White Head Island is 4 off the south east corner of Grand Manan, where we were staying for 6 nights. We had brought our bikes, though we’d not used them much in Grand Manan as it was more hilly than we’d expected. The White Head Island ferry was quite small, as is the island itself with a population of only about 180, so it was an obvious choice to cross with our bikes rather than take our van over. And it was flat.
We’d checked the maps and the satellite images before setting out and it looked like we could do a complete circuit of the island. The road stopped short of going all the way round, but there were tracks and paths which looked like they might connect. So once we had landed on White Head we set off from the ferry pier and took the road clockwise, following the shoreline to start with, and passing the occasional house.
This took us to Battle Beach, a shallow bay on the south of the island and we set our sights on getting to the Long Point lighthouse that marked the far end of the bay. Our road changed to a track, then a path and eventually we were struggling to push our bikes through foot-deep seaweed along the back of the beach.
We were determined to come as close as possible to completing the circuit of the island. The whole beach had a very thick layer of the seaweed, probably the result of the strong winds and waves of the tail end of hurricane Irene which had passed through a couple of nights before—but this allowed numerous shorebirds to enjoy harvesting the small creatures on the seaweed. From Long Point we could see the high cliffs of Southwest Head on Grand Manan to the west, and the lighthouse on Gannet Rock 8 away on the southern horizon.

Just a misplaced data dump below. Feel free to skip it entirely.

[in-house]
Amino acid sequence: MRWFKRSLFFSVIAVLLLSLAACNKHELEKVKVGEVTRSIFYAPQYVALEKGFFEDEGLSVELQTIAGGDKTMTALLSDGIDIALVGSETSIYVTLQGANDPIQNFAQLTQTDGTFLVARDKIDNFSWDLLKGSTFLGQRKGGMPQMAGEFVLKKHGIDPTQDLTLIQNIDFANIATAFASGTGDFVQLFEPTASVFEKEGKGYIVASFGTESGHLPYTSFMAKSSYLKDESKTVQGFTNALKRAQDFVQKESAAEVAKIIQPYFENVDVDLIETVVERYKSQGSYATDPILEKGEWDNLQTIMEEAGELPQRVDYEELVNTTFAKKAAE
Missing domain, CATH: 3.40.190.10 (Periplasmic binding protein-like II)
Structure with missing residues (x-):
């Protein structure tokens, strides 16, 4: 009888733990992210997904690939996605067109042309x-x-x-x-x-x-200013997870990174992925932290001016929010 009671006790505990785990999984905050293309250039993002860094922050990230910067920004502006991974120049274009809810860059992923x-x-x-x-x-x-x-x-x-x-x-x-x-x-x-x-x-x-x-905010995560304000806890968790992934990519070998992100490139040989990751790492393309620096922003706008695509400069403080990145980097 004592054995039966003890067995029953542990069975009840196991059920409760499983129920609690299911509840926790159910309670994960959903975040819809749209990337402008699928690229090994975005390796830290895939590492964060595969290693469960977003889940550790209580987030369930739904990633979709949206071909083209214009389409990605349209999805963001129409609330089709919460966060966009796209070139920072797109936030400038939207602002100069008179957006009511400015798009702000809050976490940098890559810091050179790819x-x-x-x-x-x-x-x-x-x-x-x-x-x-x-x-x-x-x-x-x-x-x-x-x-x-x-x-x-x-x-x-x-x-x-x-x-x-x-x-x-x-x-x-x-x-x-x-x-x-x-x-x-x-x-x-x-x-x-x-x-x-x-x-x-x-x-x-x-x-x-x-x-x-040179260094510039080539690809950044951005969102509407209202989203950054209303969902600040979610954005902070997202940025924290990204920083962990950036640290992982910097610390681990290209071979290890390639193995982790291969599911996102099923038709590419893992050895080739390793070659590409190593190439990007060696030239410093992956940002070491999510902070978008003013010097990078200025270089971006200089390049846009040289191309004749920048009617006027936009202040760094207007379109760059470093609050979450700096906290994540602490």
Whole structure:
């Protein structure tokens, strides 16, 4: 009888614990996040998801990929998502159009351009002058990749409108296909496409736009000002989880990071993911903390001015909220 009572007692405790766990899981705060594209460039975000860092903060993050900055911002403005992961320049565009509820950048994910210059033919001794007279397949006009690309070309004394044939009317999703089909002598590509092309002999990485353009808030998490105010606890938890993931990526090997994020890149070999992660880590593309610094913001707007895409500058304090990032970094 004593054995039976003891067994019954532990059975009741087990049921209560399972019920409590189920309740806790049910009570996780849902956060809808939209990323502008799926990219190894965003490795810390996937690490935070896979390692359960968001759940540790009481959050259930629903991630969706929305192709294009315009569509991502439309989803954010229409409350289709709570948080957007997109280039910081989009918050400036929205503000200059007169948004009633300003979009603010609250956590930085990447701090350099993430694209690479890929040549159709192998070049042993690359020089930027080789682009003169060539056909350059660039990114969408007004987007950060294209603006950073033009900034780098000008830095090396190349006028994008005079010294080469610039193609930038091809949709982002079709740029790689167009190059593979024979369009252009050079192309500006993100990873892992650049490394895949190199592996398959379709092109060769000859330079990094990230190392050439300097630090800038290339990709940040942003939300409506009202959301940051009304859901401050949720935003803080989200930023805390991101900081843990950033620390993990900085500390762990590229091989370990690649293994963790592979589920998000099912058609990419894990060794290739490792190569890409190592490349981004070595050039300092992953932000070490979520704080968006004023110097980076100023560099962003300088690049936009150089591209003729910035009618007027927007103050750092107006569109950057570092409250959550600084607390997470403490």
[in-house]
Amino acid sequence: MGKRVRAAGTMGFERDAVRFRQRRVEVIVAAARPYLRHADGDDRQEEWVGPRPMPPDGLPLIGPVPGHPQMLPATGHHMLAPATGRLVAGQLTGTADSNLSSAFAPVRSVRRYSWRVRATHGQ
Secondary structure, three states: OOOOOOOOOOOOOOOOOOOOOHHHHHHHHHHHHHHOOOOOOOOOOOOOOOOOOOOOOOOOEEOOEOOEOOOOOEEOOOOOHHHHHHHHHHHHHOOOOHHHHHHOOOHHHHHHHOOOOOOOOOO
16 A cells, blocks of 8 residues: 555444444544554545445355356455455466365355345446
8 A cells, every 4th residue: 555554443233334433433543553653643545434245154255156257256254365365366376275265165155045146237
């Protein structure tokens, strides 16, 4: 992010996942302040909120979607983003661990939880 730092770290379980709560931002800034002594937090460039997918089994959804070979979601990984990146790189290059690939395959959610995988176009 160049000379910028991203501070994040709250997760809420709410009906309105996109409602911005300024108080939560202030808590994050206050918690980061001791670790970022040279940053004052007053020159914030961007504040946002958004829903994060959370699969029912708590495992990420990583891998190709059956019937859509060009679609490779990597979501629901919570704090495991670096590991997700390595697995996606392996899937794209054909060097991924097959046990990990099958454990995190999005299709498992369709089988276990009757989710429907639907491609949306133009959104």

The ferry did not run very frequently. The island is small, and probably many who live there have their own boats. Cars were queuing early for the ferry, and the places on board were limited. When we crossed in August 2011 the ferry boat was the Lady White Head, built in 1976 with a maximum capacity of 8 cars. By the end of that year she had been replaced by a bigger new boat, the MV William Frankland with a capacity of 12. The current schedule also seems more frequent than we remember from our trip.
When I used the ferry